Recent snowstorm provides stark reminders of CO poisoning dangers
As residents throughout the Northeastern U.S. attempt to dig out from the monster snowstorm that dropped several feet of snow on the region, the official death toll related to the storm continues to rise. According to ABC News, the storm-related death count currently stands at 49. From snow-shoveling induced heart attacks to motor vehicle accidents, the severity of this most-recent storm and the hazards related thereto, have shocked and horrified many.
Among those who perished because of the storm were at least five individuals who died of carbon monoxide poisoning. At least four CO-related deaths occurred when the tailpipes of their running vehicles were covered in snow, covered with snow. In two of the reported deaths, drivers succumbed to CO fumes after their vehicles were trapped by passing snow plows. At least one of the reported CO deaths was linked to the use of a generator which was being used in a power outage.
These tragic and preventable deaths are among the more than 500 CO-related fatalities that occur annually in the U.S. Storms and natural disasters that result in heavy snowfall and power outages often produce conditions where CO-related deaths are more likely to occur as individuals may become trapped in running vehicles or rely upon generators and gas ovens or grills for heating sources.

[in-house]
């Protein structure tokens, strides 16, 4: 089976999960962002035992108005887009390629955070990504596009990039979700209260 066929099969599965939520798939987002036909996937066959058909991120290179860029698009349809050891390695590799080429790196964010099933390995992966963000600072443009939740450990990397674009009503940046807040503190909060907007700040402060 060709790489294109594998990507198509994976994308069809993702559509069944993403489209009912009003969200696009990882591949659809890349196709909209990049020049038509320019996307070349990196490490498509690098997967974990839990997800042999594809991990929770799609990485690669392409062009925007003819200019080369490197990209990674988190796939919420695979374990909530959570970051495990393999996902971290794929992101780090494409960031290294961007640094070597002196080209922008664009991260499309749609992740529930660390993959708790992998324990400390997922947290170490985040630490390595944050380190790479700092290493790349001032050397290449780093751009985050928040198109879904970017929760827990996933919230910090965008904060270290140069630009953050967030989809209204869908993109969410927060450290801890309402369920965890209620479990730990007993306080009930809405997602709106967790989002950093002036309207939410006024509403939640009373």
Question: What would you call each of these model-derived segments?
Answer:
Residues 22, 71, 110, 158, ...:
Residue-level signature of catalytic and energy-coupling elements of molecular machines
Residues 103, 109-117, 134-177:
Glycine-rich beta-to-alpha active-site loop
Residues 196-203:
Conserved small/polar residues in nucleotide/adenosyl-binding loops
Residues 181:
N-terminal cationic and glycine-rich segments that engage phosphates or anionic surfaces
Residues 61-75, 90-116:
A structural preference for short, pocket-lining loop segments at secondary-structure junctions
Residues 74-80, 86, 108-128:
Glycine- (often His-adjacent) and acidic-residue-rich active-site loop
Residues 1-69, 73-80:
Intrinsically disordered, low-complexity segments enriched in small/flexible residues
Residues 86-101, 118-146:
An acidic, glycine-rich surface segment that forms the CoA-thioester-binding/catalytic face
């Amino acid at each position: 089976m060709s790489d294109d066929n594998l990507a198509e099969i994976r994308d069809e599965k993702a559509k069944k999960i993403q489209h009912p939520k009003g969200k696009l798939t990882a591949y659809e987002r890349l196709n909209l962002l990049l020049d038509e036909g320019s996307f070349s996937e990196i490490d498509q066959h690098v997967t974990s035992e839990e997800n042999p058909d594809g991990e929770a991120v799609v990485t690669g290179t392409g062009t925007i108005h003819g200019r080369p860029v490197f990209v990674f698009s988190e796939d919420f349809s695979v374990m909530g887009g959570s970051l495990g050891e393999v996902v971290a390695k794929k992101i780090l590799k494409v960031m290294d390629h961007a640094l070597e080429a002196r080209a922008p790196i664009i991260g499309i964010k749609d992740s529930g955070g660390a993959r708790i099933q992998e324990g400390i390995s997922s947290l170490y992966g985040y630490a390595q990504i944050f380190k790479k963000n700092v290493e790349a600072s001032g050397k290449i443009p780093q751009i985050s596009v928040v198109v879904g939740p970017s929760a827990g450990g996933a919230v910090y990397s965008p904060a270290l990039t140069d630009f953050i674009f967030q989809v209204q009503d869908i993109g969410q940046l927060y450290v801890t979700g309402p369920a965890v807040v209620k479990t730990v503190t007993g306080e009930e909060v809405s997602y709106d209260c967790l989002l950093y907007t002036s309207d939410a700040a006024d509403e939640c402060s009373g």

Carbon monoxide is an especially deadly gas because it has no smell or color and is therefore difficult to detect. Additionally, the symptoms of CO poisoning often mimic those of other less-serious health conditions and include nausea, dizziness, weakness, headache, trouble breathing, blurred vision and loss of consciousness.
Individuals who experience these types of symptoms are advised to turn off their vehicles or open windows and doors and get outside to fresh air. In cases where a landlord or snowplow company was somehow responsible for contributing to conditions that either led to or exacerbated problems related to CO poisoning, it’s wise to explore possible legal remedies.
Source: ABC News, “At Least 49 People Die as Result of Snowstorm That Hit East,” AP, Jan. 27, 2016
Mayo Clinic, “Carbon monoxide poisoning, “symptoms,” Jan. 26, 2016